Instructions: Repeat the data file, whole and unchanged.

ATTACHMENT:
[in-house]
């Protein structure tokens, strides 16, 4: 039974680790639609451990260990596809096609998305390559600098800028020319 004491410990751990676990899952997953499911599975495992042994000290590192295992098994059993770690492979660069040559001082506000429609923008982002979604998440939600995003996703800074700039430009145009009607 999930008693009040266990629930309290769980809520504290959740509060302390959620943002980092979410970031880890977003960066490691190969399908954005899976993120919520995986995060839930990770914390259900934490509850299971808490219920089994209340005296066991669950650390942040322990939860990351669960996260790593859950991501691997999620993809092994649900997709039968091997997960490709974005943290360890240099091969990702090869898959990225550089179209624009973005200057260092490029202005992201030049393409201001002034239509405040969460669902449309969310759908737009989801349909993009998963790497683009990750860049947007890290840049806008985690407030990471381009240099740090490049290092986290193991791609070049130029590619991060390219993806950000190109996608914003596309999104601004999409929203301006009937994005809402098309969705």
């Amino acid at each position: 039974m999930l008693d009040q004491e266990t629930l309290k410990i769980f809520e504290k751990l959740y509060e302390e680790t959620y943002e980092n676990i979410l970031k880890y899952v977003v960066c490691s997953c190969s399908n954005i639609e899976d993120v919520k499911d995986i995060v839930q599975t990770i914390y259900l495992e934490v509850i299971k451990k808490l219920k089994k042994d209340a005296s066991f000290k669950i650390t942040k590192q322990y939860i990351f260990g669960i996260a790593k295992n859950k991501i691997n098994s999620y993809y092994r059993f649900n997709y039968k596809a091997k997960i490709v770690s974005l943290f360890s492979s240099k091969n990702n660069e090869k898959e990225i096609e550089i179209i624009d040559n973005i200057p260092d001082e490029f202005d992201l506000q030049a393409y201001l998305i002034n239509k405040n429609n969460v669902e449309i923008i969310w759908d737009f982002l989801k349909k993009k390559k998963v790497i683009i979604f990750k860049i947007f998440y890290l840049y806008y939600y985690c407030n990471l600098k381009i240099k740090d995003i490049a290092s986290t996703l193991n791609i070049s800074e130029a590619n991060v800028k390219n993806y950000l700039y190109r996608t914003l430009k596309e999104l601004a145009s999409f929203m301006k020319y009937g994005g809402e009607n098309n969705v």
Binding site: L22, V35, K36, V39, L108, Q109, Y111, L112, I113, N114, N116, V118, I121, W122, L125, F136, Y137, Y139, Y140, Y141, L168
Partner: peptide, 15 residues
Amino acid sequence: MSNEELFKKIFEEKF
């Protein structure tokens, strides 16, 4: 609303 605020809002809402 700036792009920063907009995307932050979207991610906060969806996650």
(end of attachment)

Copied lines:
[in-house]
């Protein structure tokens, strides 16, 4: 039974680790639609451990260990596809096609998305390559600098800028020319 004491410990751990676990899952997953499911599975495992042994000290590192295992098994059993770690492979660069040559001082506000429609923008982002979604998440939600995003996703800074700039430009145009009607 999930008693009040266990629930309290769980809520504290959740509060302390959620943002980092979410970031880890977003960066490691190969399908954005899976993120919520995986995060839930990770914390259900934490509850299971808490219920089994209340005296066991669950650390942040322990939860990351669960996260790593859950991501691997999620993809092994649900997709039968091997997960490709974005943290360890240099091969990702090869898959990225550089179209624009973005200057260092490029202005992201030049393409201001002034239509405040969460669902449309969310759908737009989801349909993009998963790497683009990750860049947007890290840049806008985690407030990471381009240099740090490049290092986290193991791609070049130029590619991060390219993806950000190109996608914003596309999104601004999409929203301006009937994005809402098309969705």
């Amino acid at each position: 039974m999930l008693d009040q004491e266990t629930l309290k410990i769980f809520e504290k751990l959740y509060e302390e680790t959620y943002e980092n676990i979410l970031k880890y899952v977003v960066c490691s997953c190969s399908n954005i639609e899976d993120v919520k499911d995986i995060v839930q599975t990770i914390y259900l495992e934490v509850i299971k451990k808490l219920k089994k042994d209340a005296s066991f000290k669950i650390t942040k590192q322990y939860i990351f260990g669960i996260a790593k295992n859950k991501i691997n098994s999620y993809y092994r059993f649900n997709y039968k596809a091997k997960i490709v770690s974005l943290f360890s492979s240099k091969n990702n660069e090869k898959e990225i096609e550089i179209i624009d040559n973005i200057p260092d001082e490029f202005d992201l506000q030049a393409y201001l998305i002034n239509k405040n429609n969460v669902e449309i923008i969310w759908d737009f982002l989801k349909k993009k390559k998963v790497i683009i979604f990750k860049i947007f998440y890290l840049y806008y939600y985690c407030n990471l600098k381009i240099k740090d995003i490049a290092s986290t996703l193991n791609i070049s800074e130029a590619n991060v800028k390219n993806y950000l700039y190109r996608t914003l430009k596309e999104l601004a145009s999409f929203m301006k020319y009937g994005g809402e009607n098309n969705v």
Binding site: L22, V35, K36, V39, L108, Q109, Y111, L112, I113, N114, N116, V118, I121, W122, L125, F136, Y137, Y139, Y140, Y141, L168
Partner: peptide, 15 residues
Amino acid sequence: MSNEELFKKIFEEKF
């Protein structure tokens, strides 16, 4: 609303 605020809002809402 700036792009920063907009995307932050979207991610906060969806996650």